Technical Advisory – playSMS Pre-Authentication Remote Code Execution (CVE-2020-8644)

Vendor: playSMS
Vendor URL:
Versions affected: Before 1.4.3
Systems Affected: All
Author: Lucas Rosevear
Advisory URL / CVE Identifier: CVE-2020-8644
Risk: Critical


PlaySMS is an open source SMS gateway, which has a web management portal written in PHP. PlaySMS supports a custom PHP templating system, called tpl (

PlaySMS double processes a server-side template, resulting in unauthenticated user control of input to the PlaySMS template engine. The template engine’s implementation then permits arbitrary code execution.




An attacker with network connectivity to an instance of PlaySMS can execute arbitrary code.


The vulnerability can be broken into two parts:

  1. A server-side template is processed twice. After the first pass, user
    controlled input is present in the template when it is processed a second time.
  2. The tpl template language is vulnerable to PHP code injection.

These are both detailed below.

Server-side Template Processed Twice

PlaySMS caches the last POST handled by each plugin/route in web/init.php with the following logic:

// save last $_POST in $_SESSION
if ($_POST['X-CSRF-Token']) {
  $_SESSION['tmp']['last_post'][md5(trim(_APP_ . _INC_ . _ROUTE_ . _INC_))] = $_POST;

The login flow in PlaySMS starts by dynamically loading a specified plugin in web/inc/app/main.php. For authentication, the web/plugin/core/auth/login.php file is included. When a user authenticates, a POST request is sent, populating the cache. The authentication plugin then populates a template, found in web/plugin/core/auth/templates/auth_login.html.

This template includes the following:

<td><input type=text class=form-control placeholder="{{ Username or email }}" name=username value='{{ _lastpost('username') }}' maxlength=100></td>

This template gets processed within the authentication plugin, executing the _lastpost method, which returns a value from the POST cache, populating the username field with the last submitted username.

At this point, if a user submitted a custom template string, such as {{1+1}}, this would not be processed, but would now be present in this HTML blob.

Subsequently, back in web/inc/app/main.php, the following logic is executed:

$content = ob_get_clean();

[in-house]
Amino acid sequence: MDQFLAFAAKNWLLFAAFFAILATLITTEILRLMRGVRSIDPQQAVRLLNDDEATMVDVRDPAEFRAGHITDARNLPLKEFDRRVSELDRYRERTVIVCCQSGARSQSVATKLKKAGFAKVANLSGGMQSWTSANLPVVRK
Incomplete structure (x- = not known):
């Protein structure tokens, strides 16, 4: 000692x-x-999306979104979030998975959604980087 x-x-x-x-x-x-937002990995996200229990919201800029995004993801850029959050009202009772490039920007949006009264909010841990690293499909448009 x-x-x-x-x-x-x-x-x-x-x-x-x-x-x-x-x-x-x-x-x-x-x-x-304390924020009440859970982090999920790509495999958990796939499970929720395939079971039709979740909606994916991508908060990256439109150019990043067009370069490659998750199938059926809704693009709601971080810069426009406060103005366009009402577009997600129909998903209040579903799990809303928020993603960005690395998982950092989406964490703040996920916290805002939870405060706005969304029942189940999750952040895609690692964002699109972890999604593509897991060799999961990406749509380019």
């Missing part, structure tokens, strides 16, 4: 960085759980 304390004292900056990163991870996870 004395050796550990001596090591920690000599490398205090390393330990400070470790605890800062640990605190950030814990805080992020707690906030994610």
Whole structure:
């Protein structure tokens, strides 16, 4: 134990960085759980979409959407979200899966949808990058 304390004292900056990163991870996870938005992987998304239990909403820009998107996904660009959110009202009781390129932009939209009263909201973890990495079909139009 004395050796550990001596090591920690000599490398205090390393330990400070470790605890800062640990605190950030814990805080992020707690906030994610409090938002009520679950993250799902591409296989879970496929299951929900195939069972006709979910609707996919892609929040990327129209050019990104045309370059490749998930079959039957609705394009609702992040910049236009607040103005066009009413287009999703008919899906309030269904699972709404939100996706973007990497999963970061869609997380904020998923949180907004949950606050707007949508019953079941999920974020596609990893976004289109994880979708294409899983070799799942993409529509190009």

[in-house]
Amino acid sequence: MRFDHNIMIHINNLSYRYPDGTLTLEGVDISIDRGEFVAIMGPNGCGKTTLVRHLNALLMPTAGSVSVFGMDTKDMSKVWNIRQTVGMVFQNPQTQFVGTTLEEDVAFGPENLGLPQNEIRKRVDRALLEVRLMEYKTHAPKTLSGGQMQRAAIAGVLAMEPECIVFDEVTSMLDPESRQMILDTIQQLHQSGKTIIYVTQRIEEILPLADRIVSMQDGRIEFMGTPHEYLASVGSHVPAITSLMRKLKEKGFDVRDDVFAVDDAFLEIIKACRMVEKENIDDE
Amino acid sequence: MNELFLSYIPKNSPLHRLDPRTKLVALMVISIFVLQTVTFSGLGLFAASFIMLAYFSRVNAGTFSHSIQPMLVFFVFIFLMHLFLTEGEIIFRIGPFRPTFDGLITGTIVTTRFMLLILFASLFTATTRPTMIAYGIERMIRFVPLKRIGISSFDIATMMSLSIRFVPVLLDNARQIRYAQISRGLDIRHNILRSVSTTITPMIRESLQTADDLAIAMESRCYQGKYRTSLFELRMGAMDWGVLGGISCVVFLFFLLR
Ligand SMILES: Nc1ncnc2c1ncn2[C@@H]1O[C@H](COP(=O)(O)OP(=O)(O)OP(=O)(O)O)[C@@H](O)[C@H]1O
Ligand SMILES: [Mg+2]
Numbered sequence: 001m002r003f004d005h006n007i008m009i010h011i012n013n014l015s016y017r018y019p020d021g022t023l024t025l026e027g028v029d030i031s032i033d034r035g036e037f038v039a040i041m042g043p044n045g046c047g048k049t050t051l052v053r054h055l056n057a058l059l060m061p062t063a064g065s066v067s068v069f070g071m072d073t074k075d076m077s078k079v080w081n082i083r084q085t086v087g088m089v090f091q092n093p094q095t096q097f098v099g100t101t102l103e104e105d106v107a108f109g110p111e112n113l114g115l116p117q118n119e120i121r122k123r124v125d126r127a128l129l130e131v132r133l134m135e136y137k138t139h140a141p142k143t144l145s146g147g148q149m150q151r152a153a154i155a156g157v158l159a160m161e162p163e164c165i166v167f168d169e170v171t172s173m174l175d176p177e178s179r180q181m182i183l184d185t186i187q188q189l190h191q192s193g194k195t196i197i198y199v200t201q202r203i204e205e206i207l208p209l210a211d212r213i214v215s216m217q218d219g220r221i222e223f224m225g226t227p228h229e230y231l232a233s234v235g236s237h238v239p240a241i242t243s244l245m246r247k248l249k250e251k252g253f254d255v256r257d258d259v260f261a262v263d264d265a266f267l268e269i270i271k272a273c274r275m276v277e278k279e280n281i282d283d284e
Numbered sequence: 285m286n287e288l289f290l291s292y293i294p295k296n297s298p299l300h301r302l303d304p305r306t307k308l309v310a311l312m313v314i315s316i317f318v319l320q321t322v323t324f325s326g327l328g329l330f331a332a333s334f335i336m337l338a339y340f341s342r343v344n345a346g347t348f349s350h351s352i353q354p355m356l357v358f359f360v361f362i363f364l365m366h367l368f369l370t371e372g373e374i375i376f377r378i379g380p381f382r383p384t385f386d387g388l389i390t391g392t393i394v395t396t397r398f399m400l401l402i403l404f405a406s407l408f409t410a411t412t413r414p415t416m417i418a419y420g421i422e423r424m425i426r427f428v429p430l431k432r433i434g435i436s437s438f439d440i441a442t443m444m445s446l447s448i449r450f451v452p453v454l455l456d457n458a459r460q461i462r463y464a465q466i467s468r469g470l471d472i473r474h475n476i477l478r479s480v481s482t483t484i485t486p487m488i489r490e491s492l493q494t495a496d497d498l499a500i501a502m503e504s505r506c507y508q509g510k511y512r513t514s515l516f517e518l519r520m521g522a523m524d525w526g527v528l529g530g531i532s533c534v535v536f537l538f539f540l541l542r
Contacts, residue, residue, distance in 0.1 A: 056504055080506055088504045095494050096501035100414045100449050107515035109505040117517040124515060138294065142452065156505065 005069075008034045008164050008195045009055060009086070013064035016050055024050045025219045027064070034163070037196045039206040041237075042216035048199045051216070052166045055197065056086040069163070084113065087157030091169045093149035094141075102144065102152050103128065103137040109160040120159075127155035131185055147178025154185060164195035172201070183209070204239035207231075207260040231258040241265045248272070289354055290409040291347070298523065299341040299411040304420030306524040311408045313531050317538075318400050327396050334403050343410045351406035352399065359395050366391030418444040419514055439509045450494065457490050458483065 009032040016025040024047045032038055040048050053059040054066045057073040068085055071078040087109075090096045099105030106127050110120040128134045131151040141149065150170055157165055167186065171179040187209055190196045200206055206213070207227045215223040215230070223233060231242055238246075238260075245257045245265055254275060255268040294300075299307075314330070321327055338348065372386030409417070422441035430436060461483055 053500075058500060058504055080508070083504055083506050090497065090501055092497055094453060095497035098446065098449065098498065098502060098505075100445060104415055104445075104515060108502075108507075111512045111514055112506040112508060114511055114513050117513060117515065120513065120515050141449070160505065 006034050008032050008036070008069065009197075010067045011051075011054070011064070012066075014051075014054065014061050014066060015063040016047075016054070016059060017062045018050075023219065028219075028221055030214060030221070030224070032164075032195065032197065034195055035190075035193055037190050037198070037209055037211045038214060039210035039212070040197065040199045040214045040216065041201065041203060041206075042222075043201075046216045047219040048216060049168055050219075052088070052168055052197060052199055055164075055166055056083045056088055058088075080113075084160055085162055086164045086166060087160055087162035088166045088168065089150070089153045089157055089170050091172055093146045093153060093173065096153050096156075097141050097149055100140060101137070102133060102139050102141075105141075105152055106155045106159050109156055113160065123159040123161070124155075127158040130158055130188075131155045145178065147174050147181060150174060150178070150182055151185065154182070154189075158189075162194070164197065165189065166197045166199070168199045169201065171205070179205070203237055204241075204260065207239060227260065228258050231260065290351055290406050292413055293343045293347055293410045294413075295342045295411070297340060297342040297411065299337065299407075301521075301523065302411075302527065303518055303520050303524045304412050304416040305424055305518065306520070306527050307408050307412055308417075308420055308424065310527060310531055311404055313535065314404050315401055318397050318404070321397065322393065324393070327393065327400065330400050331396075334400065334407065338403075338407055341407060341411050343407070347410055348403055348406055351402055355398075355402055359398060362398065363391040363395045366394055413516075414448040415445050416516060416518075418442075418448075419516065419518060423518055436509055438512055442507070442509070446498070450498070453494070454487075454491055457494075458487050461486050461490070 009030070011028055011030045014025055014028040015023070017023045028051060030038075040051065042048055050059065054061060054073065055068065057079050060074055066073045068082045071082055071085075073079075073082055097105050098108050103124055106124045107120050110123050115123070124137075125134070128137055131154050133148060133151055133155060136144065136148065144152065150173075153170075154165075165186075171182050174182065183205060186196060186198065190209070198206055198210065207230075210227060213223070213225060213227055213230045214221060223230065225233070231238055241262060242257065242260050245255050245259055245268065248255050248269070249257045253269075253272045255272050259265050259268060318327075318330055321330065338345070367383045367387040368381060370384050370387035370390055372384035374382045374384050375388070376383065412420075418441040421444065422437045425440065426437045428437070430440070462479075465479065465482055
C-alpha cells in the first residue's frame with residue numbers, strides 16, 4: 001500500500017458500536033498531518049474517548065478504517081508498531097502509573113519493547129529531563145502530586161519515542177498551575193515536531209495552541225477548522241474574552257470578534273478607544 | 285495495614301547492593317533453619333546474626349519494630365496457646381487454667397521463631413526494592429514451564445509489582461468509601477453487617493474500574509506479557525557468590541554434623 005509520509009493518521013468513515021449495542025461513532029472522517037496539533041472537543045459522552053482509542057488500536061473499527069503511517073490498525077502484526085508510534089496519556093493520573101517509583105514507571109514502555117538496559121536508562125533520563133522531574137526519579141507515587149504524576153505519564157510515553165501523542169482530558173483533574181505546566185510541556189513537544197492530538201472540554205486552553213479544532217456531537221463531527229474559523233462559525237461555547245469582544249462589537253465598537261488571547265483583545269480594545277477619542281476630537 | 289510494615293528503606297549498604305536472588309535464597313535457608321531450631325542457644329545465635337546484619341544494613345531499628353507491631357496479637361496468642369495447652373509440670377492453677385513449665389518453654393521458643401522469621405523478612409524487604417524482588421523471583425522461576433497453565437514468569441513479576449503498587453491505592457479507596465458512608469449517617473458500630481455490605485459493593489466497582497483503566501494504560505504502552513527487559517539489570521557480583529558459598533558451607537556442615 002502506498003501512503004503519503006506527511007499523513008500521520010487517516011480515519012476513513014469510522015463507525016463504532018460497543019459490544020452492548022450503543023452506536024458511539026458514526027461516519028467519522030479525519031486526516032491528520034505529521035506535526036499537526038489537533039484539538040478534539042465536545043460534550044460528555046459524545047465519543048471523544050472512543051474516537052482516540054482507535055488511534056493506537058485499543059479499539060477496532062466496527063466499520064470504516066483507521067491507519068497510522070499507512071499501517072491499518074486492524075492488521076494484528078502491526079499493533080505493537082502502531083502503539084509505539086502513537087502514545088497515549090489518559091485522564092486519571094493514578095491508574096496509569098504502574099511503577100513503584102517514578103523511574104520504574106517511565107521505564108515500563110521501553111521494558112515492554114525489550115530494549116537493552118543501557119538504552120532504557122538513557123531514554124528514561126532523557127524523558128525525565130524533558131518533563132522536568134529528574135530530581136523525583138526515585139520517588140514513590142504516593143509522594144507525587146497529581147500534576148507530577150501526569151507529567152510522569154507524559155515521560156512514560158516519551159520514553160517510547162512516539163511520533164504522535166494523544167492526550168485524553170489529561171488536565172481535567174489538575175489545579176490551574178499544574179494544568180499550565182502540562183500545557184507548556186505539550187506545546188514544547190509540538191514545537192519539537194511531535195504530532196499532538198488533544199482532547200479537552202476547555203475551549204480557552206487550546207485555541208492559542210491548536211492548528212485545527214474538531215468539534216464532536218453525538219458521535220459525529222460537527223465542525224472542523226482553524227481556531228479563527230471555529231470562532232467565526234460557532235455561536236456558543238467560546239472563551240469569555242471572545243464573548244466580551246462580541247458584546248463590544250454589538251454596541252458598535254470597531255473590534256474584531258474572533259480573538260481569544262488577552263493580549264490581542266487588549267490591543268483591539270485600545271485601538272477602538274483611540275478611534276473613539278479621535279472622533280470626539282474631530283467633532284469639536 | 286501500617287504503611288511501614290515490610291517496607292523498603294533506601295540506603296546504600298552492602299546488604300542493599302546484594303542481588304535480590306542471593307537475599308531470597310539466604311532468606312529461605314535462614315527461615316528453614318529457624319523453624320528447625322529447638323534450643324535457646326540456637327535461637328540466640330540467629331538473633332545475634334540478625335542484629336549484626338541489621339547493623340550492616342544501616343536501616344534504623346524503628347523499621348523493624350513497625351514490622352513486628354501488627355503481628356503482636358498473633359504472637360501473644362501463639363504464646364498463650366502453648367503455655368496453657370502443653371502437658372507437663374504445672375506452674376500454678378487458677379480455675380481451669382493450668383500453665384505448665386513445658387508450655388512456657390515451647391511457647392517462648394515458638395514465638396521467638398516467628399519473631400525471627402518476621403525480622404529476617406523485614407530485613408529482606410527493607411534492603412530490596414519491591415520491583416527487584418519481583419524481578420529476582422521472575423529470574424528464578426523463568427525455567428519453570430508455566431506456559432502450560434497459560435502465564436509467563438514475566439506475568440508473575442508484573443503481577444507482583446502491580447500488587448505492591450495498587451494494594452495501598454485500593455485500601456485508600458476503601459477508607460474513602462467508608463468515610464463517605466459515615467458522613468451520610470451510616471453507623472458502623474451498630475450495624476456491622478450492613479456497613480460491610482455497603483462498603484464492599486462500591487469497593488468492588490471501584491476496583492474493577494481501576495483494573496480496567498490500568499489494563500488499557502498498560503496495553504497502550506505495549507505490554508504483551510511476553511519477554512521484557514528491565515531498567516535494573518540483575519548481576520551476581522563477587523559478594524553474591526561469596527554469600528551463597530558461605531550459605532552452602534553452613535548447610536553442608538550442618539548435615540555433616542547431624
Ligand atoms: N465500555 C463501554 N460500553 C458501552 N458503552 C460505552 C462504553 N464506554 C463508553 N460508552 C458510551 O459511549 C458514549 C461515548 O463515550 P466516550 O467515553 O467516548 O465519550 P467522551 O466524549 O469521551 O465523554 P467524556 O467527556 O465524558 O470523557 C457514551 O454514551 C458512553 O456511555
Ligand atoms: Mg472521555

The $content variable contains the HTML with user-controlled input present from the authentication plugin. The themes_apply function ultimately ends up executing the following template:

  $tpl = array(
    'name' => $themes_layout,
    'vars' => array(
      'CONTENT' => $content,
<snip ... />
  $content = tpl_apply($tpl, array(

This logic maps the user-controlled $content to the CONTENT variable in the theme template, as seen in web/plugin/themes/common/templates/themes_layout.html

    <div id="main-content">
      {{ CONTENT }}

Template remote code execution

The vulnerable logic in the tpl templating system begins with variable substitution:

    // check static replaces
    if ($this->vars) {
      foreach ($this->vars as $key => $val) {
        $this->_setString($key, $val);

After this logic executes, the attacker controlled input is directly present in the template that is being processed. Subsequently, the following snippet is executed:

    $pattern = "{{(.*?)}}";
    preg_match_all("/" . $pattern . "/", $this->_result, $matches, PREG_SET_ORDER);

This looks for a pattern of form {{input}}. The input ultimately gets concatenated to a PHP string:

    foreach ($matches as $block) {
      $chunk = $block[0];
      $codes = '<?php ' . $this->config['echo'] . '(' . trim($block[1]) . ')' . '; ?>';
      $this->_result = str_replace($chunk, $codes, $this->_result);

The resulting string is <?php echo(input); ?>

The code then executes this string in one of two ways:

  1. tpl attempts to create a cache file with the malicious string as
    content. $cache_file = md5($this->_filename) . '.compiled'; $cache = $this->config['dir_cache'] . '/' . $cache_file; $fd = @fopen($cache, 'w+'); @fwrite($fd, $this->_result); @fclose($fd); If this succeeds, the code is executed by including the cache file: if (file_exists($cache)) { ob_start(); include $cache;
  2. If caching fails, tpl directly evals the malicious string else { ob_start(); eval('?>' . $this->_result . '<?php ');


Attempt to authenticate with the following username, and no password:

{{`ls -lah`}}

Notice the username field is replaced with the result of the command.


Update to PlaySMS version 1.4.3.

Vendor Communication:

01/25/20: Initial contact with PlaySMS maintainer
01/30/20: Vulnerability details sent to PlaySMS
02/04/20: Vulnerability patched
02/04/20: Patch tested by NCC Group
02/05/20: PlaySMS 1.4.3 released

Thanks to:

Anton Raharja for their responsiveness and quickly patching the vulnerability.

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